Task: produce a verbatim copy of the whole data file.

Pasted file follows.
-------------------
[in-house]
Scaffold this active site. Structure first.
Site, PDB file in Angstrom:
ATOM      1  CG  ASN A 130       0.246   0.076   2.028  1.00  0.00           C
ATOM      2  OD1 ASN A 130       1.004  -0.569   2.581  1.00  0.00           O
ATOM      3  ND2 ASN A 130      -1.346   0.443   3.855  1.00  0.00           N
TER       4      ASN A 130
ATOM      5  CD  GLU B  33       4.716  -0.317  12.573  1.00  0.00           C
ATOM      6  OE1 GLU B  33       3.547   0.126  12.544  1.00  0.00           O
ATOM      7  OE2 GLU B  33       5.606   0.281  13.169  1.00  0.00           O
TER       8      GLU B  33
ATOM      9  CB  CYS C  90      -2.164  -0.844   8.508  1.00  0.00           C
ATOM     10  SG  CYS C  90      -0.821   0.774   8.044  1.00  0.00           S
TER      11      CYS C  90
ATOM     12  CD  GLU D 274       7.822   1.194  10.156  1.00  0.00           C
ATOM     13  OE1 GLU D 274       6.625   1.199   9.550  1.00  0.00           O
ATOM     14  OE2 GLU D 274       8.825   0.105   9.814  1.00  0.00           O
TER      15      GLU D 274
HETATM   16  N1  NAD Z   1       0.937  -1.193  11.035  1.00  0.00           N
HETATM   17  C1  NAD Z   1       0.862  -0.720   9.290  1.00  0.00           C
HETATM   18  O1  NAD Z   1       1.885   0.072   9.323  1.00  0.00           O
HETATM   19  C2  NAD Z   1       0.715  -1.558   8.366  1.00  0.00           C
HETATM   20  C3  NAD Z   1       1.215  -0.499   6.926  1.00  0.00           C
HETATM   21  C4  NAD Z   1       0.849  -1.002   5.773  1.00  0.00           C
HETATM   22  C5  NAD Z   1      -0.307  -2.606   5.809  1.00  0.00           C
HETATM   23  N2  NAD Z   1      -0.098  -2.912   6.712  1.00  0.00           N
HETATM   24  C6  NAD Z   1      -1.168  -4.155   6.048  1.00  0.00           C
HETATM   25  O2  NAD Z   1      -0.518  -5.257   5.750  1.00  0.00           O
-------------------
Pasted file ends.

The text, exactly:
[in-house]
Scaffold this active site. Structure first.
Site, PDB file in Angstrom:
ATOM      1  CG  ASN A 130       0.246   0.076   2.028  1.00  0.00           C
ATOM      2  OD1 ASN A 130       1.004  -0.569   2.581  1.00  0.00           O
ATOM      3  ND2 ASN A 130      -1.346   0.443   3.855  1.00  0.00           N
TER       4      ASN A 130
ATOM      5  CD  GLU B  33       4.716  -0.317  12.573  1.00  0.00           C
ATOM      6  OE1 GLU B  33       3.547   0.126  12.544  1.00  0.00           O
ATOM      7  OE2 GLU B  33       5.606   0.281  13.169  1.00  0.00           O
TER       8      GLU B  33
ATOM      9  CB  CYS C  90      -2.164  -0.844   8.508  1.00  0.00           C
ATOM     10  SG  CYS C  90      -0.821   0.774   8.044  1.00  0.00           S
TER      11      CYS C  90
ATOM     12  CD  GLU D 274       7.822   1.194  10.156  1.00  0.00           C
ATOM     13  OE1 GLU D 274       6.625   1.199   9.550  1.00  0.00           O
ATOM     14  OE2 GLU D 274       8.825   0.105   9.814  1.00  0.00           O
TER      15      GLU D 274
HETATM   16  N1  NAD Z   1       0.937  -1.193  11.035  1.00  0.00           N
HETATM   17  C1  NAD Z   1       0.862  -0.720   9.290  1.00  0.00           C
HETATM   18  O1  NAD Z   1       1.885   0.072   9.323  1.00  0.00           O
HETATM   19  C2  NAD Z   1       0.715  -1.558   8.366  1.00  0.00           C
HETATM   20  C3  NAD Z   1       1.215  -0.499   6.926  1.00  0.00           C
HETATM   21  C4  NAD Z   1       0.849  -1.002   5.773  1.00  0.00           C
HETATM   22  C5  NAD Z   1      -0.307  -2.606   5.809  1.00  0.00           C
HETATM   23  N2  NAD Z   1      -0.098  -2.912   6.712  1.00  0.00           N
HETATM   24  C6  NAD Z   1      -1.168  -4.155   6.048  1.00  0.00           C
HETATM   25  O2  NAD Z   1      -0.518  -5.257   5.750  1.00  0.00           O